Hoperatives Guide to Aphrodisiac Cocktails

Posted by Monika R-F on Feb 14, 2023 at 11:15 AM


The dictionary defines an aphrodisiac as “something (such as a food, drink, or drug) that causes or increases sexual desire.” They are aptly named for Aphrodite, the Greek goddess of love. According to ancient Greek legend, Aphrodite was born from the sea and arrived on land carried on either an oyster or scallop shell. This helps to explain why we hear that oysters and shellfish are thought to be aphrodisiacs. But what about drinks? Can cocktails be aphrodisiacs? In the spirit of Valentine’s Day, let’s find out!

Hearts in flute glasses

Legend goes that strawberries originated from the heart-shaped tears of Aphrodite after she learned of her lover Adonis’s death. Today, we/I think of strawberries as the quintessential Valentine treat best served dipped in chocolate, which makes it a delicious aphrodisiac. Strawberries are loaded with vitamin C and antioxidants that promote blood flow which are good for the libido and the sex drive.
Try: Cherub’s Cup Cocktail (thespruceeats.com/cherubs-cup-cocktail-recipe-761026)

Chili peppers are one of the strongest aphrodisiacs out there, thanks to their high amount of capsaicin, AKA the stuff that makes them spicy. Capsaicin stimulates nerves on your tongue, kicking in your adrenaline, which releases endorphins…your natural “feel good” hormones.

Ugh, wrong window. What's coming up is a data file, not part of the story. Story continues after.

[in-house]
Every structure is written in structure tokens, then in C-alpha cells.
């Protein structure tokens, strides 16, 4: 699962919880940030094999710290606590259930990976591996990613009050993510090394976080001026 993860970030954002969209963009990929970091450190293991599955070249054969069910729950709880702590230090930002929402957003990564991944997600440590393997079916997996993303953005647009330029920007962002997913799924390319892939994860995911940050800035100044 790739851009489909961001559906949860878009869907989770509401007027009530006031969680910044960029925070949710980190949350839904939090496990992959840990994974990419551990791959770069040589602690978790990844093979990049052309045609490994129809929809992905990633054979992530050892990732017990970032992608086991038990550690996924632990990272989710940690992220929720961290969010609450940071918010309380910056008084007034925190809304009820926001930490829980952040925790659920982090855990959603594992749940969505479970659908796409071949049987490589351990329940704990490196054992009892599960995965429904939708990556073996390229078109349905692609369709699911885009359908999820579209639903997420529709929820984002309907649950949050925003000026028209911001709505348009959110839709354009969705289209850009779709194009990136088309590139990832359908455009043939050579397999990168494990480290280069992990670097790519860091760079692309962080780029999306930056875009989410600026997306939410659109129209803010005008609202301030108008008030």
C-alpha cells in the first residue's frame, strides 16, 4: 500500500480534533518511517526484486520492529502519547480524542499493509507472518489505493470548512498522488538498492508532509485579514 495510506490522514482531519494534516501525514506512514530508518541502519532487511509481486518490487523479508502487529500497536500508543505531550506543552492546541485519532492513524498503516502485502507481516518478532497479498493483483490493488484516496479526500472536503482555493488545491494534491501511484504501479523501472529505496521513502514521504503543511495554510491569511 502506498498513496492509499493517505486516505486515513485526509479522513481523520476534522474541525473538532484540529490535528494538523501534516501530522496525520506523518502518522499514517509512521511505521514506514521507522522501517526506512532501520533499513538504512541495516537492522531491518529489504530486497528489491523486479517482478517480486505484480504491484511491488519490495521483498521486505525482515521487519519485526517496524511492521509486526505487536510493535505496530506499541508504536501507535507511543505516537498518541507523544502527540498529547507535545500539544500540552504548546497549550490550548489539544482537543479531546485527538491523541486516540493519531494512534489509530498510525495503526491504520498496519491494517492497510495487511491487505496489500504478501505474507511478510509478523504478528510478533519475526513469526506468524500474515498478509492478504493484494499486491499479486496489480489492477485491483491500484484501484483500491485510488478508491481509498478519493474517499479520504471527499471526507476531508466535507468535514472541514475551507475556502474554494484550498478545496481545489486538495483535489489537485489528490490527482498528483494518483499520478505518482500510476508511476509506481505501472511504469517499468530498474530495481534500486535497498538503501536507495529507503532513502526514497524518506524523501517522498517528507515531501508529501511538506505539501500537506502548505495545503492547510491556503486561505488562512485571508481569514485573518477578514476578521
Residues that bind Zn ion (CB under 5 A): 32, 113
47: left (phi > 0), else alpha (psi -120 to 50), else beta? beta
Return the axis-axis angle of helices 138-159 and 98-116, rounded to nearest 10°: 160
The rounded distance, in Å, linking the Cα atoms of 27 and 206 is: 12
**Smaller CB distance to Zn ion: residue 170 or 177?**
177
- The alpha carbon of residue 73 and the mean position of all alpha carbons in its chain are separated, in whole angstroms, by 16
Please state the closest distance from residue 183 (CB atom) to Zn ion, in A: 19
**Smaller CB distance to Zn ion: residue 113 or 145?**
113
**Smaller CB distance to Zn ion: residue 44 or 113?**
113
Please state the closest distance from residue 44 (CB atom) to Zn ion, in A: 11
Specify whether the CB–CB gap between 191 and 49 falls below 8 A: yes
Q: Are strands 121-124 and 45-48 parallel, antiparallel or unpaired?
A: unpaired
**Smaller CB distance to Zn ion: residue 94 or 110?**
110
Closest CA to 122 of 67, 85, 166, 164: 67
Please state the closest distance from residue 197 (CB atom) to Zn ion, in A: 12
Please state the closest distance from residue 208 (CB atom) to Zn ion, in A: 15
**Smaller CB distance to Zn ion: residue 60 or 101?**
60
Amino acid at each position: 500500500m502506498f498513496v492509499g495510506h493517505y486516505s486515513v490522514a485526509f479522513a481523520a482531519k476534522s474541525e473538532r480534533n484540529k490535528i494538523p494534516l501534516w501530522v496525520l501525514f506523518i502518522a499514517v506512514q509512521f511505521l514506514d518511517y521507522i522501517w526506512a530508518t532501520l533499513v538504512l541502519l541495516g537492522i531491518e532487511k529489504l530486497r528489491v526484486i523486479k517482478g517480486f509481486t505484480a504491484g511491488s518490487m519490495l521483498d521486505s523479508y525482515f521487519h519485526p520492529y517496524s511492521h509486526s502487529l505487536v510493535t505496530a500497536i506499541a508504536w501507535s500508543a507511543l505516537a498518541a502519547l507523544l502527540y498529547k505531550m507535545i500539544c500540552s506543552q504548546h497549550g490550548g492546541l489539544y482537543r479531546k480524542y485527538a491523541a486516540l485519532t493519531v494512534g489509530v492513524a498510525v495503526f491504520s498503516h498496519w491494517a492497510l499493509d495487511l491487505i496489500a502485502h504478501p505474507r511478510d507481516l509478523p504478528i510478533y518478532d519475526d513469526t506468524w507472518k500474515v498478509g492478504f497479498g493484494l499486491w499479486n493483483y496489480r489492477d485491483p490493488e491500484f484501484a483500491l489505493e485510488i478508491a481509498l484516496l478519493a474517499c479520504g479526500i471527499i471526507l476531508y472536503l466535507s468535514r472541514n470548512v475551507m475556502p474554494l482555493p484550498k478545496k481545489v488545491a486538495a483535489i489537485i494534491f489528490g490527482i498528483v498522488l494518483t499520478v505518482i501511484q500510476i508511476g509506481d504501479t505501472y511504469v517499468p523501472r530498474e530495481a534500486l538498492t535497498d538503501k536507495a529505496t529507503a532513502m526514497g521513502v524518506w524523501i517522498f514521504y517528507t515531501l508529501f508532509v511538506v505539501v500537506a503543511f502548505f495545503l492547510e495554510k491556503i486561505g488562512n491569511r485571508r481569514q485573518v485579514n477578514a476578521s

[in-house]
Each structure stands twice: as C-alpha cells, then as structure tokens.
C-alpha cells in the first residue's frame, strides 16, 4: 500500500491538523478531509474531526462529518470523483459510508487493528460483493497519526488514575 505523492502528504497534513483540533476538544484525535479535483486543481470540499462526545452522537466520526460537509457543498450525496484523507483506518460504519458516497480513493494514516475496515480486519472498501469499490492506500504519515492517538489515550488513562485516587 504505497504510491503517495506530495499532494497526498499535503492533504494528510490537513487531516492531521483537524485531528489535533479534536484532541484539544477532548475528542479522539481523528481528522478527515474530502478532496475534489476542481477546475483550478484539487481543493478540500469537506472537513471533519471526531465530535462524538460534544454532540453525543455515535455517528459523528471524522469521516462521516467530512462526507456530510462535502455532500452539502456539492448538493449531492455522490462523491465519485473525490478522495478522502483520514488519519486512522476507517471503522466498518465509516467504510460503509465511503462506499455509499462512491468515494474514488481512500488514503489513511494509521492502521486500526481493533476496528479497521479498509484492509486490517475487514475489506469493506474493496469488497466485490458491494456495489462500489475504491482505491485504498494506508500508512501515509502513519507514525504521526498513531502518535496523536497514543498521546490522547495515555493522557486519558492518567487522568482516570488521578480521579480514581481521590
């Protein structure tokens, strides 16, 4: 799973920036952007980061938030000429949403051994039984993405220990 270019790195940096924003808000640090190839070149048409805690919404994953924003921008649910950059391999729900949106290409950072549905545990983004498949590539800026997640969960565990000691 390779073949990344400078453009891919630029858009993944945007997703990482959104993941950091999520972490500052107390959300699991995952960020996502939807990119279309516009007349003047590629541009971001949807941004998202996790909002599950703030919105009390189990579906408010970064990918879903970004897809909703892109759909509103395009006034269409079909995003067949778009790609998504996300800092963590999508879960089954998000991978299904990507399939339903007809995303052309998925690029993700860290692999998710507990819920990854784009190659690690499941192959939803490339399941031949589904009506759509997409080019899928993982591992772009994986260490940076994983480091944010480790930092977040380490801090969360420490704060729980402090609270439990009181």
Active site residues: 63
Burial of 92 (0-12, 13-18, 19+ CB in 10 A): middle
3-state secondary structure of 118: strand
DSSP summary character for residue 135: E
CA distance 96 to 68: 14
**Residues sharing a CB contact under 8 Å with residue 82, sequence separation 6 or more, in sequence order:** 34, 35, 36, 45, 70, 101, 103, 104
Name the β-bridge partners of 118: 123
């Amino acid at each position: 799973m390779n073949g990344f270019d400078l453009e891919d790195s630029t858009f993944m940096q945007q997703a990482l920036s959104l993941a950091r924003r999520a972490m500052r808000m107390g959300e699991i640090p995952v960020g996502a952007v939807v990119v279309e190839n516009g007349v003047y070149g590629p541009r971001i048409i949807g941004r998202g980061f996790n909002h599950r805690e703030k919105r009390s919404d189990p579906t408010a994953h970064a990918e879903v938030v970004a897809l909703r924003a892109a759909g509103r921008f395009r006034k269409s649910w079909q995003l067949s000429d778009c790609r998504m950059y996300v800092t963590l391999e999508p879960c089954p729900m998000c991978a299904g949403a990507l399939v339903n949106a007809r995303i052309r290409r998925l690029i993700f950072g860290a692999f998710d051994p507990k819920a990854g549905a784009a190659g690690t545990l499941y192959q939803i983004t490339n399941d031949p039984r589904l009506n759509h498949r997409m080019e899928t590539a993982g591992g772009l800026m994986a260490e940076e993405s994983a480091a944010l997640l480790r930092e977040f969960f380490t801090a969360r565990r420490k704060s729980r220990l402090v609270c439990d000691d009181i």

Try: Hot in Rio (liquor.com/recipes/hot-in-rio)

Rumored to be Cleopatra's favorite fruit, figs have long been considered an aphrodisiac in almost every culture. Figs are a true sensory experience with their fruity sweet smell, soft texture, and luscious flavor. Figs are high in amino acids, which can boost your sexual stamina and libido, hence their aphrodisiac status.
TRY: Sexy Fig & Lemon Fizz (mydiaryofus.com/blog/2014/7/31/sexy-fig-and-lemon-fizz)

The ancient Greeks believed that honey was the nectar of Aphrodite. As far back as 500 BC, Hippocrates (Greek physician and father of modern medicine) prescribed milk and honey for sexual activity – like a primitive Viagra. Honey contains boron, which can help regulate hormone levels, and nitric oxide, which can trigger arousal.
TRY: Wicked Behavior (imbibemagazine.com/recipe/wicked-behavior-bourbon-cocktail)

Keep in mind the science behind aphrodisiacs is inconclusive at best, and it’s entirely possible that they are nothing more than the power of suggestion at work. Regardless, if you find a certain aphrodisiac particularly inspiring - it can’t hurt to indulge!